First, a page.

JEP submitted: Update Java2D to use the Marlin Renderer as the default Graphics Rasterizer

Jim Graham james.graham at
Tue Sep 1 21:28:26 UTC 2015

Hi Gerard,

Marlin was developed as an evolution of Pisces when neither Ductus or 
Pisces performed well in an MT server environment.  Laurent then set out 
with Pisces as a starting point to make one that worked in an 
MT-scalable manner and enhanced all aspects of its performance in the 
process.  It was already being offered as a 3rd party alternative plugin 
that had already met those goals.

Nobody said "we need the renderer to meet these numeric goals", they 
simply said "Pisces is bad in these areas and lets see what we can do 
about it".

We are integrating it already having bested Pisces in every way except 
for exposure (in terms of bugs that are found when something is used in 
the field over time).  Even then, it has had a bit of use in the field 
in limited use as a plugin 3rd party replacement so even that drawback 
is arguable.

It also already blows away Ductus in MT scalability, but it hasn't quite 
yet beaten Ductus in single threaded performance.  The only reason we 
list beating Ductus as an optional goal is that it would let us drop 
it's closed source implementation and reduce our proprietary 
technologies by 1, but Marlin wasn't created specifically to achieve 
that (it was more like a goal on the horizon to aim for).  While we are 
preparing it for integration we are starting with a base that already 
met most of its stated goals and we're simply seeing how much more we 
can get out of it (as well as cleaning up various contributed code style 
and maintainability issues).

This isn't an issue of "we are changing the renderer period" - this is a 
"we are changing the renderer because we need one that meets these 
performance goals and btw, we have one called Marlin that already meets 
them which is why we are integrating it"...


On 9/1/15 12:19 PM, gerard ziemski wrote:
> hi Phil.
> I'm not challenging the JEP nor attempting to change its scope. I am
> genuinely interested in more technical details on how Merlin is
> achieving the promised, though not exactly stated, improvement. I wish
> there was bit more technical detail explaining how it offers the
> performance other than nebulously saying that it uses threads. I also
> offered some background that I believe could be considered in adding to
> the "Alternatives" section.
> But maybe I misunderstood the JEP - if all that it's stating is that we
> are changing the renderer period, on assumption that the technical
> review of the new renderer's merits has been already done, then this JEP
> is rather straightforward and requires no more discussion.
> cheers
> On 09/01/2015 01:47 PM, Philip Race wrote:
>> All,
>> The scope of this JEP is already set.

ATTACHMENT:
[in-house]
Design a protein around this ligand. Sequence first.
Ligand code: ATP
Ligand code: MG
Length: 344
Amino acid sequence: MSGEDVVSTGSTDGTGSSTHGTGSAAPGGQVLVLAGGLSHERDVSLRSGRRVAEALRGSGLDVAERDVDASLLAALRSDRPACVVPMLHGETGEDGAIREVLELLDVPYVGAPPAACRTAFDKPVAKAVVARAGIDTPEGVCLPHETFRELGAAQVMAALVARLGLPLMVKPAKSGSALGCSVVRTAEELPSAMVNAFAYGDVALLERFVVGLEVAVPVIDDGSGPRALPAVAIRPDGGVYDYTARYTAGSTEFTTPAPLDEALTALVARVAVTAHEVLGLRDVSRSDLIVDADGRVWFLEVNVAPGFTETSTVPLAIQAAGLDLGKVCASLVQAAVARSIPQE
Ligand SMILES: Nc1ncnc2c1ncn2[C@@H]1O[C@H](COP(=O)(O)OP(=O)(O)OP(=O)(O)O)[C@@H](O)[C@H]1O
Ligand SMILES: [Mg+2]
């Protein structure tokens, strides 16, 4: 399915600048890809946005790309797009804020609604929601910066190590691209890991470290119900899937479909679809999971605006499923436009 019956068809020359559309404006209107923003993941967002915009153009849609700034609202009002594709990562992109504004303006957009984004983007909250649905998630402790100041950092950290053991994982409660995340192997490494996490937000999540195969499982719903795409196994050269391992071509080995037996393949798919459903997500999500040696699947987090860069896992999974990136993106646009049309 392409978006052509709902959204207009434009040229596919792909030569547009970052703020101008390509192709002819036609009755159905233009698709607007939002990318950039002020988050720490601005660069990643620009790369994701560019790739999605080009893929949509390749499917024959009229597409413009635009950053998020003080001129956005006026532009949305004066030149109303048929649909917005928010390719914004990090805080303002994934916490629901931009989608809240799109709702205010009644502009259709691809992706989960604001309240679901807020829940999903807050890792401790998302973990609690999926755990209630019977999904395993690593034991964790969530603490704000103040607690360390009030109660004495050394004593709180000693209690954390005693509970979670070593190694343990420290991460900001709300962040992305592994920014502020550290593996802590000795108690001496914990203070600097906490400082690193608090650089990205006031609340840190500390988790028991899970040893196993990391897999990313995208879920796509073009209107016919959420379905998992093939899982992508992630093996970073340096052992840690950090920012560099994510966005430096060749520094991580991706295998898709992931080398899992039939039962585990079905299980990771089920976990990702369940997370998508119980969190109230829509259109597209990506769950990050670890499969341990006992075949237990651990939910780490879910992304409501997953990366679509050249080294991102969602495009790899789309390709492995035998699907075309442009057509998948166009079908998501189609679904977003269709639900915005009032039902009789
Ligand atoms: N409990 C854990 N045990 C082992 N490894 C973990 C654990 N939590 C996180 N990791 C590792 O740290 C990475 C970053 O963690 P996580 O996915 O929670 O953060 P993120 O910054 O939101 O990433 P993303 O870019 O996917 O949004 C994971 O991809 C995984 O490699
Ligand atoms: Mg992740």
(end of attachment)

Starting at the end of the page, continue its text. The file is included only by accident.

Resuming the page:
>> Marlin originally started from (forked) the pisces code and for JDK 9
>> is intended as a
>> drop-in replacement which addresses performance problems seen relative
>> to the closed ductus.
>> This is not just a client-side library. Server-side software rendering
>> will benefit
>> greatly from any MT boost.
>> To further continue any technical discussion on this or future directions
>> I think it is best to move over to gr-dev at openjdk dot java dot net.
>> -phil.
>> On 9/1/15, 9:47 AM, gerard ziemski wrote:
>>> hi Laurent,
>>>>> #2 What is the expected CPU usage allowed when scaling up in a
>>>>> multi-threaded environment - 2 threads probably do not mean 2x
>>>>> performance?
>>>>> Is Merlin allowed to use all threads, or does it have a limit on
>>>>> how many
>>>>> will be used? Can/should this be controlled via some sort of a
>>>>> runtime flag
>>>>> available to developers?
>>>> Marlin has a very low memory footprint (low GC overhead) and uses a
>>>> rendering context per thread => it does perform any thread
>>>> management but
>>>> is purely thread safe (ThreadLocal storage).
>>>> MT support means that Marlin supports well parallel rendering
>>>> requests like
>>>> in a map web server: each server thread can perform Graphics2D
>>>> rendering
>>>> (using Marlin) on its own BufferedImage at maximum performance.
>>> Are we saying that the way Merlin uses threads is only for offscreen
>>> rendering (ie. BufferedImages)? So an app that
>>> renders directly to the screen will not see any performance improvement?
>>> Do we create a rendering thread per offscreen? Is there any cap on
>>> how many of those threads we are allowed to create?
>>> Are we aware of any use cases where this approach results in lowered
>>> performance (an app creating new BufferedImage
>>> every frame - old good Plasma benchmark)?
>>>>> #6 In the "Alternatives" section, shouldn't we at least mention a GPU
>>>>> based 2D rendering?
>>>> Probably.
>>>> However, I do not know any RenderingEngine implementation based on
>>>> GPU yet.
>>> There is a rich history of people trying to use GPUs in order to
>>> accelerate Java2D. Back in around 2000 while I was at
>>> Apple, John Burkey and I implemented OpenGL based renderer that
>>> successfully worked for specific use cases: apps using
>>> lots of static images, non path based primitives and text using
>>> cached bitmapped for Apple's own JDK implementation,
>>> which we shipped.
>>> Later, Chris Campbell, back then at Sun Microsystems, did a similar
>>> implementation (which also used Windows D3D) for
>>> Sun's own JDK, which also shipped.
>>> 5 years ago, I along with Chris Oliver, Ken Russell, Anthony Rogers
>>> and Sven Goethel (of jogl fame) implemented
>>> SlimShady - a 2D resolution independent renderer leveraging GPU for
>>> JavaFX, which was later replaced by Prism, by
>>> Chris Campbell, Kevin Rushford, Jim Graham, Morris Mayer and others
>>> including myself.
>>> So yeah, lots of people tried, with some success, to do Java2D on GPU
>>> :-)
>>> cheers

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